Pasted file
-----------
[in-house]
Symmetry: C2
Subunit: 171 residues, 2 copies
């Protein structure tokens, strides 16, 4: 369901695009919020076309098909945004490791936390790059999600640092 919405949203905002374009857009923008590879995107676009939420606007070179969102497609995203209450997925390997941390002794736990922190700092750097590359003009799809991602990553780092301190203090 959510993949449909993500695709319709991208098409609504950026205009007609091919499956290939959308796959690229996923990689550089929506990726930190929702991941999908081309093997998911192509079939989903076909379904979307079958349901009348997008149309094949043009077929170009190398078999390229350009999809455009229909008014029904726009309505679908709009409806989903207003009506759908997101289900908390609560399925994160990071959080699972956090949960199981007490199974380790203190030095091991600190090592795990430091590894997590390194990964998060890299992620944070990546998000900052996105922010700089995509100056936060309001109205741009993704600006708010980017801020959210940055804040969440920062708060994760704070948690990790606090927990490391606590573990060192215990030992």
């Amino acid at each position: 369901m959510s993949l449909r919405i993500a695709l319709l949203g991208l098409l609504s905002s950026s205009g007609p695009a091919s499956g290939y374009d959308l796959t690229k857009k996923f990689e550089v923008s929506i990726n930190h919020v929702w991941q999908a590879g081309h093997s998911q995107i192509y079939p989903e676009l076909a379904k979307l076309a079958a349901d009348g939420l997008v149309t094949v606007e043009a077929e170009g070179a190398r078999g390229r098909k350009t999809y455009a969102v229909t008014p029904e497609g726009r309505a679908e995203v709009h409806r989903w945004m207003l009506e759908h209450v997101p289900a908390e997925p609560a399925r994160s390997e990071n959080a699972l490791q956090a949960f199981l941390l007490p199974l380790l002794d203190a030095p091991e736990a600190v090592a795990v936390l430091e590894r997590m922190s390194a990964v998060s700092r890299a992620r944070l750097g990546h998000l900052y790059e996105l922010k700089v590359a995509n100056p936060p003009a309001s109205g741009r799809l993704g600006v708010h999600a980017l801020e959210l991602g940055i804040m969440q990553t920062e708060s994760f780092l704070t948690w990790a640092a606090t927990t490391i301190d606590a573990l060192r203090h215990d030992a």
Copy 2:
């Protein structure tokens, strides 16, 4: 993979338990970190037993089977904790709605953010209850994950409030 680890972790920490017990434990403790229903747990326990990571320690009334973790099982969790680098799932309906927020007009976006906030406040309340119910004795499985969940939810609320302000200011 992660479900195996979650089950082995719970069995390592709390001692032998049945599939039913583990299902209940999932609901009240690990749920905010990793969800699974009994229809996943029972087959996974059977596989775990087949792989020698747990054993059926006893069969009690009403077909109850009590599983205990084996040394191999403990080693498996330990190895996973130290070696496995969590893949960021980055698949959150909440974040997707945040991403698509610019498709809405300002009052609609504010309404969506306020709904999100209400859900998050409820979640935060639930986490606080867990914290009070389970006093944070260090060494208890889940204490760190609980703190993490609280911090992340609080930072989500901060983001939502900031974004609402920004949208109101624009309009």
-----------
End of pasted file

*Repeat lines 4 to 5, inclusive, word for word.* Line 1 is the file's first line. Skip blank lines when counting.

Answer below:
């Protein structure tokens, strides 16, 4: 369901695009919020076309098909945004490791936390790059999600640092 919405949203905002374009857009923008590879995107676009939420606007070179969102497609995203209450997925390997941390002794736990922190700092750097590359003009799809991602990553780092301190203090 959510993949449909993500695709319709991208098409609504950026205009007609091919499956290939959308796959690229996923990689550089929506990726930190929702991941999908081309093997998911192509079939989903076909379904979307079958349901009348997008149309094949043009077929170009190398078999390229350009999809455009229909008014029904726009309505679908709009409806989903207003009506759908997101289900908390609560399925994160990071959080699972956090949960199981007490199974380790203190030095091991600190090592795990430091590894997590390194990964998060890299992620944070990546998000900052996105922010700089995509100056936060309001109205741009993704600006708010980017801020959210940055804040969440920062708060994760704070948690990790606090927990490391606590573990060192215990030992």
């Amino acid at each position: 369901m959510s993949l449909r919405i993500a695709l319709l949203g991208l098409l609504s905002s950026s205009g007609p695009a091919s499956g290939y374009d959308l796959t690229k857009k996923f990689e550089v923008s929506i990726n930190h919020v929702w991941q999908a590879g081309h093997s998911q995107i192509y079939p989903e676009l076909a379904k979307l076309a079958a349901d009348g939420l997008v149309t094949v606007e043009a077929e170009g070179a190398r078999g390229r098909k350009t999809y455009a969102v229909t008014p029904e497609g726009r309505a679908e995203v709009h409806r989903w945004m207003l009506e759908h209450v997101p289900a908390e997925p609560a399925r994160s390997e990071n959080a699972l490791q956090a949960f199981l941390l007490p199974l380790l002794d203190a030095p091991e736990a600190v090592a795990v936390l430091e590894r997590m922190s390194a990964v998060s700092r890299a992620r944070l750097g990546h998000l900052y790059e996105l922010k700089v590359a995509n100056p936060p003009a309001s109205g741009r799809l993704g600006v708010h999600a980017l801020e959210l991602g940055i804040m969440q990553t920062e708060s994760f780092l704070t948690w990790a640092a606090t927990t490391i301190d606590a573990l060192r203090h215990d030992a």